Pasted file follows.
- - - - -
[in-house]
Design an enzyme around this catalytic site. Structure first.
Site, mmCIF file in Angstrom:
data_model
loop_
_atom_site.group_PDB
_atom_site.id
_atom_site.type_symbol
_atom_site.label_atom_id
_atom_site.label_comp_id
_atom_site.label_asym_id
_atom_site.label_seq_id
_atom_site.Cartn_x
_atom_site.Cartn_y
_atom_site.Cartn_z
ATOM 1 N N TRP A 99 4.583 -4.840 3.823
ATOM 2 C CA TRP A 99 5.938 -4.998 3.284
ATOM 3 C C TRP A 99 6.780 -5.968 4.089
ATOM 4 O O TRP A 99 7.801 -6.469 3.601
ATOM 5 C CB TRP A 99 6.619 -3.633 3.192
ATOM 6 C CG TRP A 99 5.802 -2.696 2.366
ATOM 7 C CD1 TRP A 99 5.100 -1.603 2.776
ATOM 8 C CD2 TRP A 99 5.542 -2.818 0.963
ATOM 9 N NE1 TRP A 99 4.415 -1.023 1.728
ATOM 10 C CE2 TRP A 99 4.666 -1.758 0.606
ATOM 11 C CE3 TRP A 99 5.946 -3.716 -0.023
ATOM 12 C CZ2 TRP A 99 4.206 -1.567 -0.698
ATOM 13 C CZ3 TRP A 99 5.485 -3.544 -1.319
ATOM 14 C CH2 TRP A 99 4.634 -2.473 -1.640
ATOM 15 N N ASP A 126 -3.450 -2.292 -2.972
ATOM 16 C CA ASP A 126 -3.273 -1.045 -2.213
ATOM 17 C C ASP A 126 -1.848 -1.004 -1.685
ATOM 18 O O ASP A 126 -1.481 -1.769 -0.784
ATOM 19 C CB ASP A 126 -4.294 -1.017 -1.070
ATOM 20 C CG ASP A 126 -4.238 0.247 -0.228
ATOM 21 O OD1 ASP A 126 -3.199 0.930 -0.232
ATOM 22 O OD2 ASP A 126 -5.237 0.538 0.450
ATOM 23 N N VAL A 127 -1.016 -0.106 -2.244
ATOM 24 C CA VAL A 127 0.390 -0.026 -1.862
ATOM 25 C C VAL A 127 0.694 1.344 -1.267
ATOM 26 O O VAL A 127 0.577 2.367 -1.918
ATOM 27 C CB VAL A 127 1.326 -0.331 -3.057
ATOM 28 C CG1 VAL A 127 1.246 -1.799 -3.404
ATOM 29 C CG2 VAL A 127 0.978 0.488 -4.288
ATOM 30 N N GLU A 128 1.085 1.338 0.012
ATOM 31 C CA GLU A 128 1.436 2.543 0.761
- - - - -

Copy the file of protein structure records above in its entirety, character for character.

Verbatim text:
[in-house]
Design an enzyme around this catalytic site. Structure first.
Site, mmCIF file in Angstrom:
data_model
loop_
_atom_site.group_PDB
_atom_site.id
_atom_site.type_symbol
_atom_site.label_atom_id
_atom_site.label_comp_id
_atom_site.label_asym_id
_atom_site.label_seq_id
_atom_site.Cartn_x
_atom_site.Cartn_y
_atom_site.Cartn_z
ATOM 1 N N TRP A 99 4.583 -4.840 3.823
ATOM 2 C CA TRP A 99 5.938 -4.998 3.284
ATOM 3 C C TRP A 99 6.780 -5.968 4.089
ATOM 4 O O TRP A 99 7.801 -6.469 3.601
ATOM 5 C CB TRP A 99 6.619 -3.633 3.192
ATOM 6 C CG TRP A 99 5.802 -2.696 2.366
ATOM 7 C CD1 TRP A 99 5.100 -1.603 2.776
ATOM 8 C CD2 TRP A 99 5.542 -2.818 0.963
ATOM 9 N NE1 TRP A 99 4.415 -1.023 1.728
ATOM 10 C CE2 TRP A 99 4.666 -1.758 0.606
ATOM 11 C CE3 TRP A 99 5.946 -3.716 -0.023
ATOM 12 C CZ2 TRP A 99 4.206 -1.567 -0.698
ATOM 13 C CZ3 TRP A 99 5.485 -3.544 -1.319
ATOM 14 C CH2 TRP A 99 4.634 -2.473 -1.640
ATOM 15 N N ASP A 126 -3.450 -2.292 -2.972
ATOM 16 C CA ASP A 126 -3.273 -1.045 -2.213
ATOM 17 C C ASP A 126 -1.848 -1.004 -1.685
ATOM 18 O O ASP A 126 -1.481 -1.769 -0.784
ATOM 19 C CB ASP A 126 -4.294 -1.017 -1.070
ATOM 20 C CG ASP A 126 -4.238 0.247 -0.228
ATOM 21 O OD1 ASP A 126 -3.199 0.930 -0.232
ATOM 22 O OD2 ASP A 126 -5.237 0.538 0.450
ATOM 23 N N VAL A 127 -1.016 -0.106 -2.244
ATOM 24 C CA VAL A 127 0.390 -0.026 -1.862
ATOM 25 C C VAL A 127 0.694 1.344 -1.267
ATOM 26 O O VAL A 127 0.577 2.367 -1.918
ATOM 27 C CB VAL A 127 1.326 -0.331 -3.057
ATOM 28 C CG1 VAL A 127 1.246 -1.799 -3.404
ATOM 29 C CG2 VAL A 127 0.978 0.488 -4.288
ATOM 30 N N GLU A 128 1.085 1.338 0.012
ATOM 31 C CA GLU A 128 1.436 2.543 0.761